How to Keep Non-Promoted Employees Motivated
Your commitment to your people’s growth should go beyond just the annual appraisal exercise. Here’s how.
Let’s face it: promotions are great motivators in the workplace. However, they are subject to a number of variables – team size, the available vacancies at senior levels, organisational protocols, and so on. There may be instances where you, as a leader, will have to disappoint some of your colleagues who were hoping to get a title or salary upgrade in a given year. In such cases, you will need to work doubly hard to retain your best talent and keep them motivated.
Here are a few strategies to make sure your employees feel secure and engaged, even when a promotion is not on the table.
Strategies for leaders and managers
Have open conversations
Sit down with your subordinate to talk about the latter’s long-term career goals. Understanding their career plans can help you figure out how to support them with opportunities within the organisation. Let them know that while a promotion may be ruled out in the present, there will be other chances down the line. What’s important is to convey the message that you are invested in their career and will keep looking at ways to help them achieve their goals. At the same time, give them a clear picture of what their growth path may look like, in order to prevent misunderstandings or unrealistic expectations.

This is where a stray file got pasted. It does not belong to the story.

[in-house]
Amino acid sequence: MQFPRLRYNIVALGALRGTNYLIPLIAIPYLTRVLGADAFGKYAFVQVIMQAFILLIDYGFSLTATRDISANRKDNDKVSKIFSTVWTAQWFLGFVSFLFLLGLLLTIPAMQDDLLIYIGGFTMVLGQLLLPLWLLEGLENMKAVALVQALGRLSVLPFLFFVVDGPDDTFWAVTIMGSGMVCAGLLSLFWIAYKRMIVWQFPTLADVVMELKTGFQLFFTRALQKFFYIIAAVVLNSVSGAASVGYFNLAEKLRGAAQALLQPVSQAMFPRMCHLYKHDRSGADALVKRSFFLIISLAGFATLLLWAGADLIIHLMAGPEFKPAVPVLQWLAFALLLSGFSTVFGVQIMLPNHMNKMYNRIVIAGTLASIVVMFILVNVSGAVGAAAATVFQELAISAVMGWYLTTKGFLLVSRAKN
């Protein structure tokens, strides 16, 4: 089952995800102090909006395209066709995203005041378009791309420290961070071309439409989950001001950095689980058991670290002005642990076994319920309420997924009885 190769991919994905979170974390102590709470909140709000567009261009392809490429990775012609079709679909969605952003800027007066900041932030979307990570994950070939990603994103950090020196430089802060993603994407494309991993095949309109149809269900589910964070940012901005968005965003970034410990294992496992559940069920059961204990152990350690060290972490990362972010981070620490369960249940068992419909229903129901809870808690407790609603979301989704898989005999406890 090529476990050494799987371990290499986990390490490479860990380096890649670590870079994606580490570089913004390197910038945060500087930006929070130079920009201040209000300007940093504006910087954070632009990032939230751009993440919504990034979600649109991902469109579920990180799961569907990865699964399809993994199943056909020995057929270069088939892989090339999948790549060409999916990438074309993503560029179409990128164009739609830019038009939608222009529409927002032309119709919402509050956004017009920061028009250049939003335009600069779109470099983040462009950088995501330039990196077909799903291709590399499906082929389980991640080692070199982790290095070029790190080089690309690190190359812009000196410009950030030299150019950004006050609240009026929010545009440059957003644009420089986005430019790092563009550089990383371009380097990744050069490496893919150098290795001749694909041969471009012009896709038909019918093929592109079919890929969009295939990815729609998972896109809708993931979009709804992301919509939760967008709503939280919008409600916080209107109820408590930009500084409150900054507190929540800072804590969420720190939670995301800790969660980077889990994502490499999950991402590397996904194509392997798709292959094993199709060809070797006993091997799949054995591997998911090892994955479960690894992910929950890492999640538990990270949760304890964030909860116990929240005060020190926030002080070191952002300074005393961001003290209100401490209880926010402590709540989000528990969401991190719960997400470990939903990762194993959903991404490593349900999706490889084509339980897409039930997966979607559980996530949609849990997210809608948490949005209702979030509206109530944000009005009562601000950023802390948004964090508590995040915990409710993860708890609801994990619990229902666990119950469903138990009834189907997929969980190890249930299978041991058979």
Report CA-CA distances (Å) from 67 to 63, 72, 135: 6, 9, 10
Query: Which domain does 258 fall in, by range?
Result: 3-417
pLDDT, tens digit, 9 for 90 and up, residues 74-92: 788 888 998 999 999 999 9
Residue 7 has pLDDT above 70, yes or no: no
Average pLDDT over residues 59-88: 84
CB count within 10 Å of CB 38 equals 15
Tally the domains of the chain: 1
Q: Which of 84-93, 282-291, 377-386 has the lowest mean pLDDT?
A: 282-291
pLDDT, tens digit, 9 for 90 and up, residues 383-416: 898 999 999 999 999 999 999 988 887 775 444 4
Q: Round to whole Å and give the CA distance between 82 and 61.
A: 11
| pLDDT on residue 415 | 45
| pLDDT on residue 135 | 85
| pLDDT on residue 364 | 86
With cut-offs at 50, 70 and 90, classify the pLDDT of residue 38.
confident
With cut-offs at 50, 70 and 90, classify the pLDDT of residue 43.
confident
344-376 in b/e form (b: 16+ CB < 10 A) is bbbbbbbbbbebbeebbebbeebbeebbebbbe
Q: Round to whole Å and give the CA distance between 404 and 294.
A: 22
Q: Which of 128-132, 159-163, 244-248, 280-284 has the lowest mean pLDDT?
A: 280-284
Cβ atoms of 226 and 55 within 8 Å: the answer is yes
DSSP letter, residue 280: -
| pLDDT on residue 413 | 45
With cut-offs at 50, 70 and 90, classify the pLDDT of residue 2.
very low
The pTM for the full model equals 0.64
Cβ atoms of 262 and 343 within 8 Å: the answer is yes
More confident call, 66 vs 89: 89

Encourage a growth mindset
Promotions are overt and obvious indicators of career advancement. But they only happen now and then, and they’re not the only signs of a person’s growth. In discussion with the employee, figure out other growth indicators that can eventually translate into a title and salary hike for them. These can include going in for skill development, executing high-value projects, or taking risks and challenging themselves more frequently. You can also teach them how to position their work better to the management, so that their chances of getting promoted are higher the next time around.
It’s one thing to be denied a promotion in a given year; but quite another to be denied opportunities to succeed in the future. Appointing the employee as an informal lead of a team or project or giving them exposure to managerial activities, like coaching junior employees, or sending them on onsite assignments can be some ways to create such opportunities.
Celebrate your employees
We all want to be acknowledged for our work. Hence appreciation needs to be a part of your organisation’s culture. Every time your team succeeds, make sure to recognise the effort and applaud the people involved. Go beyond just verbal appreciation; consider giving out rewards like larger roles or financial incentives to well-performing employees, as these will do a better job of validating their efforts.
Building a system for career growth is primarily the job of the organisation. However, there are some things you can do if denied a promotion.
Know your worth! Your potential and the value you offer is not characterised by your salary or title. Take the time to understand what success or growth could truly mean to you, and ensure you are working towards that. This will help you in prioritising your work goals.
Allow yourself to feel disappointed
Losing an opportunity to be promoted can lead to a mix of emotions, including sadness, anger and disappointment. Take the time to go through these emotions; seek support if you need to, and know that it is okay to feel that way.
Embrace the growth mindset
A part of redefining success and career advancement is to have keep your growth mindset alive. No matter the experience, there can always be a new way to do something, or more to learn. Speak to your manager and colleagues to explore other positions, skillsets to develop, or projects you can take up that can keep you going.